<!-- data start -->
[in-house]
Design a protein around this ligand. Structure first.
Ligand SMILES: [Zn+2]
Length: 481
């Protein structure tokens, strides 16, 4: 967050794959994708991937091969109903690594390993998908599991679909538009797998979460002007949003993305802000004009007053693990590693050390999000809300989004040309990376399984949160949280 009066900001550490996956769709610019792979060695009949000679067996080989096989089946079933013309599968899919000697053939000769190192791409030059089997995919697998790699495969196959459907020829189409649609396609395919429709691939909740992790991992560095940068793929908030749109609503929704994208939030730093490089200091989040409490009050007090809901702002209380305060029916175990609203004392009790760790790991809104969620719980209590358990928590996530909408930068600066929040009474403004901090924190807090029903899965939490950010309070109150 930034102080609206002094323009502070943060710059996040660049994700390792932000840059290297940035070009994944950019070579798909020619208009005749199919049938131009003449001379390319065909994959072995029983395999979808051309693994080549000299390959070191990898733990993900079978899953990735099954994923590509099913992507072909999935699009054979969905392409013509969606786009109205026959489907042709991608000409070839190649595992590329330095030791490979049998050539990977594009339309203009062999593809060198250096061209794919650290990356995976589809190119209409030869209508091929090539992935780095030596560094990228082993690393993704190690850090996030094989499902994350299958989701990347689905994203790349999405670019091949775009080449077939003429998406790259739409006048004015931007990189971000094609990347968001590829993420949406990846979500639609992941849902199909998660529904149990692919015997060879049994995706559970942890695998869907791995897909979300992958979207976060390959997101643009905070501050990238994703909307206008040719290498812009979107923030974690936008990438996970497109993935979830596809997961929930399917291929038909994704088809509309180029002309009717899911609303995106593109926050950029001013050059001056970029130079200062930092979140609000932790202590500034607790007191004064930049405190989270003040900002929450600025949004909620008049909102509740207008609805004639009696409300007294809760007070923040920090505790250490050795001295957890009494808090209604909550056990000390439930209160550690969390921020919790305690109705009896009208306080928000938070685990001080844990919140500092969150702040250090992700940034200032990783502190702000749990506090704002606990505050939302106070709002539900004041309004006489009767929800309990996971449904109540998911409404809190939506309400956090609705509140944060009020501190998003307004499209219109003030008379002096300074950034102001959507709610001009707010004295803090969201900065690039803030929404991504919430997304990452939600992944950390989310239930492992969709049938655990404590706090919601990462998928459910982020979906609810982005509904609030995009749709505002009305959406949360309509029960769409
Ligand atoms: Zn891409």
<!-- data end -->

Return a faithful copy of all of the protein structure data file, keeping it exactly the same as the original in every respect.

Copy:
[in-house]
Design a protein around this ligand. Structure first.
Ligand SMILES: [Zn+2]
Length: 481
């Protein structure tokens, strides 16, 4: 967050794959994708991937091969109903690594390993998908599991679909538009797998979460002007949003993305802000004009007053693990590693050390999000809300989004040309990376399984949160949280 009066900001550490996956769709610019792979060695009949000679067996080989096989089946079933013309599968899919000697053939000769190192791409030059089997995919697998790699495969196959459907020829189409649609396609395919429709691939909740992790991992560095940068793929908030749109609503929704994208939030730093490089200091989040409490009050007090809901702002209380305060029916175990609203004392009790760790790991809104969620719980209590358990928590996530909408930068600066929040009474403004901090924190807090029903899965939490950010309070109150 930034102080609206002094323009502070943060710059996040660049994700390792932000840059290297940035070009994944950019070579798909020619208009005749199919049938131009003449001379390319065909994959072995029983395999979808051309693994080549000299390959070191990898733990993900079978899953990735099954994923590509099913992507072909999935699009054979969905392409013509969606786009109205026959489907042709991608000409070839190649595992590329330095030791490979049998050539990977594009339309203009062999593809060198250096061209794919650290990356995976589809190119209409030869209508091929090539992935780095030596560094990228082993690393993704190690850090996030094989499902994350299958989701990347689905994203790349999405670019091949775009080449077939003429998406790259739409006048004015931007990189971000094609990347968001590829993420949406990846979500639609992941849902199909998660529904149990692919015997060879049994995706559970942890695998869907791995897909979300992958979207976060390959997101643009905070501050990238994703909307206008040719290498812009979107923030974690936008990438996970497109993935979830596809997961929930399917291929038909994704088809509309180029002309009717899911609303995106593109926050950029001013050059001056970029130079200062930092979140609000932790202590500034607790007191004064930049405190989270003040900002929450600025949004909620008049909102509740207008609805004639009696409300007294809760007070923040920090505790250490050795001295957890009494808090209604909550056990000390439930209160550690969390921020919790305690109705009896009208306080928000938070685990001080844990919140500092969150702040250090992700940034200032990783502190702000749990506090704002606990505050939302106070709002539900004041309004006489009767929800309990996971449904109540998911409404809190939506309400956090609705509140944060009020501190998003307004499209219109003030008379002096300074950034102001959507709610001009707010004295803090969201900065690039803030929404991504919430997304990452939600992944950390989310239930492992969709049938655990404590706090919601990462998928459910982020979906609810982005509904609030995009749709505002009305959406949360309509029960769409
Ligand atoms: Zn891409």